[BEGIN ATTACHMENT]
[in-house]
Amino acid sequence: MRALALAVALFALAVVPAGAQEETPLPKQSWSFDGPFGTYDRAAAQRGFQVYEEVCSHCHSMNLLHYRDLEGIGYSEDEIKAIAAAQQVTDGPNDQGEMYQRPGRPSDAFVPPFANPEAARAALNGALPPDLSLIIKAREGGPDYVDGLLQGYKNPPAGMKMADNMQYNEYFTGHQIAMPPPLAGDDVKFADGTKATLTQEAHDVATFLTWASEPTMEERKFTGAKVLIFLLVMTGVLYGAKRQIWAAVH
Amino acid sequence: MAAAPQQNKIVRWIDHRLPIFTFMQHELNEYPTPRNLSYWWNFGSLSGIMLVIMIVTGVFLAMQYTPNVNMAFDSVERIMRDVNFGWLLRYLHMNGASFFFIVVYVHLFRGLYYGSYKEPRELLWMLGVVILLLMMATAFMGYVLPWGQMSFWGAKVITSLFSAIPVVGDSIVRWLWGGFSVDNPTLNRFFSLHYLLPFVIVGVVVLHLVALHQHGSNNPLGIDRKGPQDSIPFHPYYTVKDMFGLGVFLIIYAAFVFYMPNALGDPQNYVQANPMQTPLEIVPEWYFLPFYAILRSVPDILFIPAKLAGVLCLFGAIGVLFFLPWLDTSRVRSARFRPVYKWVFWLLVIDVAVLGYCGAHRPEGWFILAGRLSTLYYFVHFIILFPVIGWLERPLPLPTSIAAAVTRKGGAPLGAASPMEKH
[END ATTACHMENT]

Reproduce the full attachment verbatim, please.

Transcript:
[in-house]
Amino acid sequence: MRALALAVALFALAVVPAGAQEETPLPKQSWSFDGPFGTYDRAAAQRGFQVYEEVCSHCHSMNLLHYRDLEGIGYSEDEIKAIAAAQQVTDGPNDQGEMYQRPGRPSDAFVPPFANPEAARAALNGALPPDLSLIIKAREGGPDYVDGLLQGYKNPPAGMKMADNMQYNEYFTGHQIAMPPPLAGDDVKFADGTKATLTQEAHDVATFLTWASEPTMEERKFTGAKVLIFLLVMTGVLYGAKRQIWAAVH
Amino acid sequence: MAAAPQQNKIVRWIDHRLPIFTFMQHELNEYPTPRNLSYWWNFGSLSGIMLVIMIVTGVFLAMQYTPNVNMAFDSVERIMRDVNFGWLLRYLHMNGASFFFIVVYVHLFRGLYYGSYKEPRELLWMLGVVILLLMMATAFMGYVLPWGQMSFWGAKVITSLFSAIPVVGDSIVRWLWGGFSVDNPTLNRFFSLHYLLPFVIVGVVVLHLVALHQHGSNNPLGIDRKGPQDSIPFHPYYTVKDMFGLGVFLIIYAAFVFYMPNALGDPQNYVQANPMQTPLEIVPEWYFLPFYAILRSVPDILFIPAKLAGVLCLFGAIGVLFFLPWLDTSRVRSARFRPVYKWVFWLLVIDVAVLGYCGAHRPEGWFILAGRLSTLYYFVHFIILFPVIGWLERPLPLPTSIAAAVTRKGGAPLGAASPMEKH